How we got to this point is not itself an especially complex story. For a good part of my lifetime we have been telling each other three stories: that we don’t have enough time; that life is getting faster; that there is too much information. All of these instinctively feel true, though none are provable.  Each, if we had time to stop and consider them, would reveal itself to be a qualitative, subjective judgement.

But facts they have become; and facts that underpin many of our everyday assumptions and demands.  The most elegant solution is the simplest. Decision makers need the answer in one line. The board need it in one chart. Does your party support this bill or referendum yes or no?

And yet as our faith in simplicity expands, so too does the complexity of the challenges that surround us.  Financial volatility, climate change, cybercrime, ‘real’ crime, social inequality, the rapid spread and mutation of disease: if we can find one thing that unites them it is that they are not simple. If we found a second it would be that their challenge comes from us not understanding their connectedness (or, if we are honest, ever fully being able to do so).  They are, in other words, the products of systems where we can’t predict the effect of one part of the system on another – where the connections are too many, too diverse and too rapidly evolving for us to anticipate, or even map them.

‘Complex problems sometimes require a simple solution’. This is a lesson writ large, sometimes literally so, in Dan and Chip Heath’s ‘Switch’. Switch is one of a growing number of Books Of One Idea: essays or polemics that have burst their moorings and sailed off exuberantly down the narrowest of inlets with a heavy cargo of anecdotes and data; a single, contrarian idea carried in their wake.

The Heaths are right that sometimes a small, clever intervention can have a huge effect, just as conversely a simple problem can sometimes require surprisingly extensive and complex work.   But this fairly straightforward idea – that problems and solutions have an asymmetrical relationship – is too gritty a grist for the mill at ‘Switch’.  Simple solutions are effective is the simple lesson it promotes.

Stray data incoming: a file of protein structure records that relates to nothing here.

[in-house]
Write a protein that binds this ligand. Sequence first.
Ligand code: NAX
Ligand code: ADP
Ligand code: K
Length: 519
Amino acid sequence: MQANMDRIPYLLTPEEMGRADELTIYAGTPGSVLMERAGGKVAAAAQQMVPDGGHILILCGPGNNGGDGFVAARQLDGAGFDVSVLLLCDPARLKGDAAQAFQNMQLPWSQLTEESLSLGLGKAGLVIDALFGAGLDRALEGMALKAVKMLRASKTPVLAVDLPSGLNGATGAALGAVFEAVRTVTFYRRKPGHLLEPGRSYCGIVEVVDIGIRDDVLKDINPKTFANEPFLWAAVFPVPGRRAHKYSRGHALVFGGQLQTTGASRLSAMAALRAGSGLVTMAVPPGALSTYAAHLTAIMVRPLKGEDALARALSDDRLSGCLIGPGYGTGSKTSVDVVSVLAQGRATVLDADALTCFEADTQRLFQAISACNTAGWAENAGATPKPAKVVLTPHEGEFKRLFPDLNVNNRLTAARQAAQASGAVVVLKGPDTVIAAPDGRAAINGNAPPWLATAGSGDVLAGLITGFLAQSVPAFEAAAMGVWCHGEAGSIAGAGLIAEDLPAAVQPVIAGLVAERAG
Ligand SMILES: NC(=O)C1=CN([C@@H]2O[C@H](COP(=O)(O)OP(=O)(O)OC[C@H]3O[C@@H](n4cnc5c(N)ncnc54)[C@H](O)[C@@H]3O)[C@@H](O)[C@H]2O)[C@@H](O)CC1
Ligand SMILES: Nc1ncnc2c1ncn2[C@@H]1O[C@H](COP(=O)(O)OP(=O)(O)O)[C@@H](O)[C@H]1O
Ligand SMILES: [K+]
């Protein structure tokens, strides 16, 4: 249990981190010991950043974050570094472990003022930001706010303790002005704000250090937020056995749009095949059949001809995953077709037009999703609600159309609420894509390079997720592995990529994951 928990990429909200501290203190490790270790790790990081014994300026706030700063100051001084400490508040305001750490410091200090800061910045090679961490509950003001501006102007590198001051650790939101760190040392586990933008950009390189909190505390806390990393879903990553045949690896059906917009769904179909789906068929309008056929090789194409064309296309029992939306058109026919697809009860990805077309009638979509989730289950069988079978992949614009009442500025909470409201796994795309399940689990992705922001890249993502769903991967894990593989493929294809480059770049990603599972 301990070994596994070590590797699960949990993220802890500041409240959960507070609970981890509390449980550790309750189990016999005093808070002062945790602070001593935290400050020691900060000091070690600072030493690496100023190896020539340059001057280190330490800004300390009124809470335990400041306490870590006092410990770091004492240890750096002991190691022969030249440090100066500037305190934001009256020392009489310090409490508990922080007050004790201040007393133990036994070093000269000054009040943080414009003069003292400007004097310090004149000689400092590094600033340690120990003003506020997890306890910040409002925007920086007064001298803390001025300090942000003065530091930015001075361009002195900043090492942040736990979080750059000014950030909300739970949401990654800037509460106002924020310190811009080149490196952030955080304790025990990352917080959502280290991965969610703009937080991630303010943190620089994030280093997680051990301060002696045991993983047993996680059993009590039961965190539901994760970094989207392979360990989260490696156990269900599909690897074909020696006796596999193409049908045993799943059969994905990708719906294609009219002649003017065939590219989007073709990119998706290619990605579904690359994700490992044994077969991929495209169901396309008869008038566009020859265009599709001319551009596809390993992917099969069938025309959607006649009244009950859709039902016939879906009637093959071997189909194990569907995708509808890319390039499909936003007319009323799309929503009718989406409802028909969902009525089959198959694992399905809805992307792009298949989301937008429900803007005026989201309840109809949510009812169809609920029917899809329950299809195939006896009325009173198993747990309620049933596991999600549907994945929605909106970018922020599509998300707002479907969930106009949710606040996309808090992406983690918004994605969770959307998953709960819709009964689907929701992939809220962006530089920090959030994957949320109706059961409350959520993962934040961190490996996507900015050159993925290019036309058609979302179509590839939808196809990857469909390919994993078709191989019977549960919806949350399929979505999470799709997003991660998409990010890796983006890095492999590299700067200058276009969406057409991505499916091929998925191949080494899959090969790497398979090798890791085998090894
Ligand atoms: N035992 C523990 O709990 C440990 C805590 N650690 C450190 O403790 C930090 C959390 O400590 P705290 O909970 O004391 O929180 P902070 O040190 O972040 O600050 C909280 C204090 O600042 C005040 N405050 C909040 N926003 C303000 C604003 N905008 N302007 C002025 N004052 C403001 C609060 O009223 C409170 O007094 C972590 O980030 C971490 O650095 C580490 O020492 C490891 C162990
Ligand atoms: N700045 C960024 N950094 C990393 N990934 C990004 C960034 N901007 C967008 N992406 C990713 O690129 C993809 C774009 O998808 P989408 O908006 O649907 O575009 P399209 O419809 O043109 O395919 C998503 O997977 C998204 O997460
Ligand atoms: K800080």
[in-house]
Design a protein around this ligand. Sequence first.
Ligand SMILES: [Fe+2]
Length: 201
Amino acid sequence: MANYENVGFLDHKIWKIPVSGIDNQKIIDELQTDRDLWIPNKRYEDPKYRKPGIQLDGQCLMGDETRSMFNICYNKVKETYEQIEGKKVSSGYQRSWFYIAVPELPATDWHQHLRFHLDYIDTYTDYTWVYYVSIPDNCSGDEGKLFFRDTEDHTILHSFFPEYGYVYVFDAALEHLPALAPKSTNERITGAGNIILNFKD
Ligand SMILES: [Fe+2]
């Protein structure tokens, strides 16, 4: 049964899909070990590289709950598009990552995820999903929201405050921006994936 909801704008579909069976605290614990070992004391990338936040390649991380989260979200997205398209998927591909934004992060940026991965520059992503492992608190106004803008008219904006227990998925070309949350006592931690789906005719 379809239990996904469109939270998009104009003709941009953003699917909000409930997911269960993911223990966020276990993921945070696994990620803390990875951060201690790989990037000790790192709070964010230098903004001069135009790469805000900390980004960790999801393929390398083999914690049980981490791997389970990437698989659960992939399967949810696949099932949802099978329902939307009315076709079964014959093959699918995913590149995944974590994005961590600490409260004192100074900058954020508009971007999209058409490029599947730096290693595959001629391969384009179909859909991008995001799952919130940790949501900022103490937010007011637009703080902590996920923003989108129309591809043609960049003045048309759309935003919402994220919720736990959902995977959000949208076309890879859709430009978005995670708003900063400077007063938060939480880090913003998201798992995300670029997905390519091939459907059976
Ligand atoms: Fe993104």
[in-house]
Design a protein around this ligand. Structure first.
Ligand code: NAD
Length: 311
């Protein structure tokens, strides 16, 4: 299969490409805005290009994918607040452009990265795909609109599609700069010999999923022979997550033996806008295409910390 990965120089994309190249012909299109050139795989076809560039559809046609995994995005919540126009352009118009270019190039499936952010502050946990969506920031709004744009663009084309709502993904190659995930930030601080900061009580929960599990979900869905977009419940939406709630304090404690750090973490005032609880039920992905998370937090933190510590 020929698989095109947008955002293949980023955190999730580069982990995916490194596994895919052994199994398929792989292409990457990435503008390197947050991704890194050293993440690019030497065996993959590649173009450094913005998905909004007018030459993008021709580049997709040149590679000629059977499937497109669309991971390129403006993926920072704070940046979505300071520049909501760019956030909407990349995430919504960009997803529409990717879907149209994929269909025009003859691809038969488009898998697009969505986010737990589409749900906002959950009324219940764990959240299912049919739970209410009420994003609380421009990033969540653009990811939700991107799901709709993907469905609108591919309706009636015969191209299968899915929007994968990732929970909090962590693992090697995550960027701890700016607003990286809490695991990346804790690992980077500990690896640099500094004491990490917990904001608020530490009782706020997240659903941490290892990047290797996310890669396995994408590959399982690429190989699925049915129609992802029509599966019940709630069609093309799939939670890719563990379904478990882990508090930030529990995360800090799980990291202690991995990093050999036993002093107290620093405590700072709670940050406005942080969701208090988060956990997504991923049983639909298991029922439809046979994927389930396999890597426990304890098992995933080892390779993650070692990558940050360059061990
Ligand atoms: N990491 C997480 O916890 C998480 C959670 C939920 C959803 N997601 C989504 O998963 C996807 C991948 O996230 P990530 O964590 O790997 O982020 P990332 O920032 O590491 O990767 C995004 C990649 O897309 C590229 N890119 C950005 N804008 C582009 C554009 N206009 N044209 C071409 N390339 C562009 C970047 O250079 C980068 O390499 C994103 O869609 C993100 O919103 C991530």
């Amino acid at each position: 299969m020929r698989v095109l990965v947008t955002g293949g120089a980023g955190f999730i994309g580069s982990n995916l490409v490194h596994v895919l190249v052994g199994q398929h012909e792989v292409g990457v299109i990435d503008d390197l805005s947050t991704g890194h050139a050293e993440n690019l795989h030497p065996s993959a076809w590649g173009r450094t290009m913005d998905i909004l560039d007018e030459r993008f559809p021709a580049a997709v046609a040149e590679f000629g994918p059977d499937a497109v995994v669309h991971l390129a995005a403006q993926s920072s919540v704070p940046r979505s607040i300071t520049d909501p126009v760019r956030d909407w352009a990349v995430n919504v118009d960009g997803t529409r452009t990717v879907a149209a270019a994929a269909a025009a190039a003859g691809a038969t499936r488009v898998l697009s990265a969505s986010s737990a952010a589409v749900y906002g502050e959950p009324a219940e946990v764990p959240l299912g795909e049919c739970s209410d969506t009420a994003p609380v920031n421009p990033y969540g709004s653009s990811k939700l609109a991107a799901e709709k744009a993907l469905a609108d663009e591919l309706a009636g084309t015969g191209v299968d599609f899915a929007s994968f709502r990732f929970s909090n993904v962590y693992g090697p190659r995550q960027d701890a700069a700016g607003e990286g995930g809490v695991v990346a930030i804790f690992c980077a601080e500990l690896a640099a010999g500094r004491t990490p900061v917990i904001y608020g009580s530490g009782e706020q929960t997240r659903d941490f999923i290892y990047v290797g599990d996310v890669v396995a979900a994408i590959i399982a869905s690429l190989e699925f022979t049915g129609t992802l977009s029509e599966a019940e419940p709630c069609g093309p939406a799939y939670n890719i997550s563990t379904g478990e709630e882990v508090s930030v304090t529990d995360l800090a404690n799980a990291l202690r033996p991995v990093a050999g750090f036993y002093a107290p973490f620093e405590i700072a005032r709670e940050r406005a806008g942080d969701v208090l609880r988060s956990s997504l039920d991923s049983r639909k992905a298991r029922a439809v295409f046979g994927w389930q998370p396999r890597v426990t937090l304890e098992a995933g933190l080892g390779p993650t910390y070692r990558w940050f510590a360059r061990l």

This kind of magic thinking can seem attractive. It can also be very useful.  Large organisations can be prone to prevarication, and a leader who sets and pursues a simple goal can sometimes save us from ourselves. The Heath brothers argue convincingly that a company is less likely to succeed by giving equal weight to equally good arguments for innovation, cost-savings and international expansion than by pursuing one of these three goals at some cost to the others.  Certainly in my experience an organisation with a greater commitment to action will outperform an organisation with a greater ability to analyse and understand 10 times out of 10.

But we risk confusing two beasts.  What we value in action and advice– clarity and single-mindedness – is not necessarily what serves us best through the course of our analysis. If we are a captain of industry, gazing pensively down the Thames, we may crave a clear direction, but do we want to reach that decision without allowing for contradiction, nuance and unpredictability along the way?  If you see a picture of a CEO, they will probably be standing in front of a desk, or perhaps a bookshelf, with many leather-bound books. When it’s the latter, zoom in on the spines.  If the titles are Books Of One Idea, then the conclusion is simple: invest with care.